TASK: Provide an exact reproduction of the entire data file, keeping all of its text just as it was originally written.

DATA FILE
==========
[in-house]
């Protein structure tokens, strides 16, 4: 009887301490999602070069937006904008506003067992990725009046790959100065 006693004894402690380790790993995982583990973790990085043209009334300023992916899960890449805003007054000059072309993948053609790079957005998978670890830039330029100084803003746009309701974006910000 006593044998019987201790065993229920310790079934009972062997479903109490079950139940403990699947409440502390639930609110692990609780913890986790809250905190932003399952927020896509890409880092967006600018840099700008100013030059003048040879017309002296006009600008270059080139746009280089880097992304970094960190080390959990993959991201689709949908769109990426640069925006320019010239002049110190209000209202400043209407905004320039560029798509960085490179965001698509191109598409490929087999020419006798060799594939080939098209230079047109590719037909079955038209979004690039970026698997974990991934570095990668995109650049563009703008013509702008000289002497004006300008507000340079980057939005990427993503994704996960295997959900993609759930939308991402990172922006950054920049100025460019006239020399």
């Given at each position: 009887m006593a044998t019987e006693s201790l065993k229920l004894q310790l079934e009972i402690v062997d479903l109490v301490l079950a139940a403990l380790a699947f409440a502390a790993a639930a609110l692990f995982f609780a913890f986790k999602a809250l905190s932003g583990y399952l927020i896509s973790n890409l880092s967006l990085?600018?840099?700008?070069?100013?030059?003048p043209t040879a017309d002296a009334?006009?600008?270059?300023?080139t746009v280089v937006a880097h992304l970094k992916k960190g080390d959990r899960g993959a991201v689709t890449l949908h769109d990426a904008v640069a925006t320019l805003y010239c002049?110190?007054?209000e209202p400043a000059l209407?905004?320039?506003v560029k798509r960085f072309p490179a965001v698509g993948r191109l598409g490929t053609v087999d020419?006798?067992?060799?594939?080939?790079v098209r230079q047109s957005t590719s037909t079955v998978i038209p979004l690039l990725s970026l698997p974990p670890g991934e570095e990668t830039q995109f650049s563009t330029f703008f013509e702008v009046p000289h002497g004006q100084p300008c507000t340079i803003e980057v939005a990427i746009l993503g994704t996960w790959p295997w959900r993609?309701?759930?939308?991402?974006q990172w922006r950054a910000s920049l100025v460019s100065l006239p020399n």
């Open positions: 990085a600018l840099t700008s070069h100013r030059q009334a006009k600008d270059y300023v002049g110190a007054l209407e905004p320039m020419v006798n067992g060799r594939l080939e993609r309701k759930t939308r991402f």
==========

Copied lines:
[in-house]
């Protein structure tokens, strides 16, 4: 009887301490999602070069937006904008506003067992990725009046790959100065 006693004894402690380790790993995982583990973790990085043209009334300023992916899960890449805003007054000059072309993948053609790079957005998978670890830039330029100084803003746009309701974006910000 006593044998019987201790065993229920310790079934009972062997479903109490079950139940403990699947409440502390639930609110692990609780913890986790809250905190932003399952927020896509890409880092967006600018840099700008100013030059003048040879017309002296006009600008270059080139746009280089880097992304970094960190080390959990993959991201689709949908769109990426640069925006320019010239002049110190209000209202400043209407905004320039560029798509960085490179965001698509191109598409490929087999020419006798060799594939080939098209230079047109590719037909079955038209979004690039970026698997974990991934570095990668995109650049563009703008013509702008000289002497004006300008507000340079980057939005990427993503994704996960295997959900993609759930939308991402990172922006950054920049100025460019006239020399």
């Given at each position: 009887m006593a044998t019987e006693s201790l065993k229920l004894q310790l079934e009972i402690v062997d479903l109490v301490l079950a139940a403990l380790a699947f409440a502390a790993a639930a609110l692990f995982f609780a913890f986790k999602a809250l905190s932003g583990y399952l927020i896509s973790n890409l880092s967006l990085?600018?840099?700008?070069?100013?030059?003048p043209t040879a017309d002296a009334?006009?600008?270059?300023?080139t746009v280089v937006a880097h992304l970094k992916k960190g080390d959990r899960g993959a991201v689709t890449l949908h769109d990426a904008v640069a925006t320019l805003y010239c002049?110190?007054?209000e209202p400043a000059l209407?905004?320039?506003v560029k798509r960085f072309p490179a965001v698509g993948r191109l598409g490929t053609v087999d020419?006798?067992?060799?594939?080939?790079v098209r230079q047109s957005t590719s037909t079955v998978i038209p979004l690039l990725s970026l698997p974990p670890g991934e570095e990668t830039q995109f650049s563009t330029f703008f013509e702008v009046p000289h002497g004006q100084p300008c507000t340079i803003e980057v939005a990427i746009l993503g994704t996960w790959p295997w959900r993609?309701?759930?939308?991402?974006q990172w922006r950054a910000s920049l100025v460019s100065l006239p020399n």
């Open positions: 990085a600018l840099t700008s070069h100013r030059q009334a006009k600008d270059y300023v002049g110190a007054l209407e905004p320039m020419v006798n067992g060799r594939l080939e993609r309701k759930t939308r991402f």